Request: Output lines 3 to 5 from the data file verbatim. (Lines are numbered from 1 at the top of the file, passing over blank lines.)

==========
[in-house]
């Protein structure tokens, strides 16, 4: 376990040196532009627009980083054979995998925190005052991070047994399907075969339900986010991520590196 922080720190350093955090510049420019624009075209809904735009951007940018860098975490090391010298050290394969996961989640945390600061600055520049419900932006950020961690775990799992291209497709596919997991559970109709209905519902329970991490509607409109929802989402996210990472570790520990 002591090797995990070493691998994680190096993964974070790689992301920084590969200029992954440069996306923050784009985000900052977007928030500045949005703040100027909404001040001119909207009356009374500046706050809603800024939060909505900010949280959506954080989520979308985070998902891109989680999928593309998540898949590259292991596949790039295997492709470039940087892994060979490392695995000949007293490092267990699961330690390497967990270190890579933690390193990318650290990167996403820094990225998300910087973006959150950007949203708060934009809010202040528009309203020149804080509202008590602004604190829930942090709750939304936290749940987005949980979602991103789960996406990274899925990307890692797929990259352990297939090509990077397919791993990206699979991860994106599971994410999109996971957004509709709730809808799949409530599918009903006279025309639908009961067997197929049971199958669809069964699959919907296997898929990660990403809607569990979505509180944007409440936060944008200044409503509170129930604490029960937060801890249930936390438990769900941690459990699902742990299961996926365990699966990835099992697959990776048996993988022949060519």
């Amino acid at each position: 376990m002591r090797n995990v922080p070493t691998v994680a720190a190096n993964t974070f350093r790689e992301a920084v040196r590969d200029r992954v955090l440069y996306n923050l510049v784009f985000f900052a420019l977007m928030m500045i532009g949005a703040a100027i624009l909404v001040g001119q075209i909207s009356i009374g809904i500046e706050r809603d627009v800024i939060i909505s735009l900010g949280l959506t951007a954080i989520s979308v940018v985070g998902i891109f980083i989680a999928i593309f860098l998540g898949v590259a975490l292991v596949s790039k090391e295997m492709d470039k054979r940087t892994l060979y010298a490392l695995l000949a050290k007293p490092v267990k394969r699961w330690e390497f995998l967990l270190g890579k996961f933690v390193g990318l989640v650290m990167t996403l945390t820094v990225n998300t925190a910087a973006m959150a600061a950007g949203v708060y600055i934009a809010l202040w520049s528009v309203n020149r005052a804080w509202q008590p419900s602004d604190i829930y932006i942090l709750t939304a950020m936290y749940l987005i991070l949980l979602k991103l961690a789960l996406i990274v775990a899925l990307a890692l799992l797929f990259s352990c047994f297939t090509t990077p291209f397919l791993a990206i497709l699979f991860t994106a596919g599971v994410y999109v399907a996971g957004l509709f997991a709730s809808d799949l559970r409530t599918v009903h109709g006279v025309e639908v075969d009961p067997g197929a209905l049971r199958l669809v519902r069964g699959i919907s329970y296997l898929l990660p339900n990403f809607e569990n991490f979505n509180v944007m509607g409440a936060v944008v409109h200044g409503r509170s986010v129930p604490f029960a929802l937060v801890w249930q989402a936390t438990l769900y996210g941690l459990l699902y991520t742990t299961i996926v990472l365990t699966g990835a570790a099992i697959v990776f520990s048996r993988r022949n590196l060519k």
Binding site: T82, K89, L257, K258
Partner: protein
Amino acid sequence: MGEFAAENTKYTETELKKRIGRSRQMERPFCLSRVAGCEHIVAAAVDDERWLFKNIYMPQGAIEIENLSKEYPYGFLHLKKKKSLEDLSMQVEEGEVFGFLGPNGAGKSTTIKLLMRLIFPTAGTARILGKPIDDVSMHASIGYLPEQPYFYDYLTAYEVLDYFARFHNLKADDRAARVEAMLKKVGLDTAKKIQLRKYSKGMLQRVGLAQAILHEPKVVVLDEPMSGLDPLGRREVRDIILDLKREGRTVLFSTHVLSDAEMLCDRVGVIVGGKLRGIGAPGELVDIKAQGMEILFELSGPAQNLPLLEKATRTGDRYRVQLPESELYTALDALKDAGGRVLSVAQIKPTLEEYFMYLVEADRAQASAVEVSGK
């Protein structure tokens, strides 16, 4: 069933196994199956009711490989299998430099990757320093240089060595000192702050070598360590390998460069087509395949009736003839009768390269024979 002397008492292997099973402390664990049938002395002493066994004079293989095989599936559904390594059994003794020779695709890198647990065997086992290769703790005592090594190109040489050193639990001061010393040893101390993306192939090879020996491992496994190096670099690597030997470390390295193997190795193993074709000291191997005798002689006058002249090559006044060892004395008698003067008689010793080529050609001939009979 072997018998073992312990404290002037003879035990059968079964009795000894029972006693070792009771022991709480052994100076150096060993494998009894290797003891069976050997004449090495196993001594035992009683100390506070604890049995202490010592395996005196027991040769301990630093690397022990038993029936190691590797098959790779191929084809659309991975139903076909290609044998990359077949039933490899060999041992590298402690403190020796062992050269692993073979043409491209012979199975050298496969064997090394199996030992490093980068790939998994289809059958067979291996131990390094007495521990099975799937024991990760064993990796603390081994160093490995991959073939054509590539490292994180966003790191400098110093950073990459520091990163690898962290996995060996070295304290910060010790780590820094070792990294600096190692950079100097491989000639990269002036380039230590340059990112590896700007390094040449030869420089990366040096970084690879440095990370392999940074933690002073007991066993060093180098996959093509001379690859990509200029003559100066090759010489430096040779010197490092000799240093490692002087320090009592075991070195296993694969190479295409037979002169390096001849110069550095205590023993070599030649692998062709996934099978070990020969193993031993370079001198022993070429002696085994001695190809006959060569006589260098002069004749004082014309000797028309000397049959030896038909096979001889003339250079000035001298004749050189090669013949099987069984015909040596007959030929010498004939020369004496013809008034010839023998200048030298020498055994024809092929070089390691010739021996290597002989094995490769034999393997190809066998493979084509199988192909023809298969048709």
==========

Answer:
């Amino acid at each position: 376990m002591r090797n995990v922080p070493t691998v994680a720190a190096n993964t974070f350093r790689e992301a920084v040196r590969d200029r992954v955090l440069y996306n923050l510049v784009f985000f900052a420019l977007m928030m500045i532009g949005a703040a100027i624009l909404v001040g001119q075209i909207s009356i009374g809904i500046e706050r809603d627009v800024i939060i909505s735009l900010g949280l959506t951007a954080i989520s979308v940018v985070g998902i891109f980083i989680a999928i593309f860098l998540g898949v590259a975490l292991v596949s790039k090391e295997m492709d470039k054979r940087t892994l060979y010298a490392l695995l000949a050290k007293p490092v267990k394969r699961w330690e390497f995998l967990l270190g890579k996961f933690v390193g990318l989640v650290m990167t996403l945390t820094v990225n998300t925190a910087a973006m959150a600061a950007g949203v708060y600055i934009a809010l202040w520049s528009v309203n020149r005052a804080w509202q008590p419900s602004d604190i829930y932006i942090l709750t939304a950020m936290y749940l987005i991070l949980l979602k991103l961690a789960l996406i990274v775990a899925l990307a890692l799992l797929f990259s352990c047994f297939t090509t990077p291209f397919l791993a990206i497709l699979f991860t994106a596919g599971v994410y999109v399907a996971g957004l509709f997991a709730s809808d799949l559970r409530t599918v009903h109709g006279v025309e639908v075969d009961p067997g197929a209905l049971r199958l669809v519902r069964g699959i919907s329970y296997l898929l990660p339900n990403f809607e569990n991490f979505n509180v944007m509607g409440a936060v944008v409109h200044g409503r509170s986010v129930p604490f029960a929802l937060v801890w249930q989402a936390t438990l769900y996210g941690l459990l699902y991520t742990t299961i996926v990472l365990t699966g990835a570790a099992i697959v990776f520990s048996r993988r022949n590196l060519k």
Binding site: T82, K89, L257, K258
Partner: protein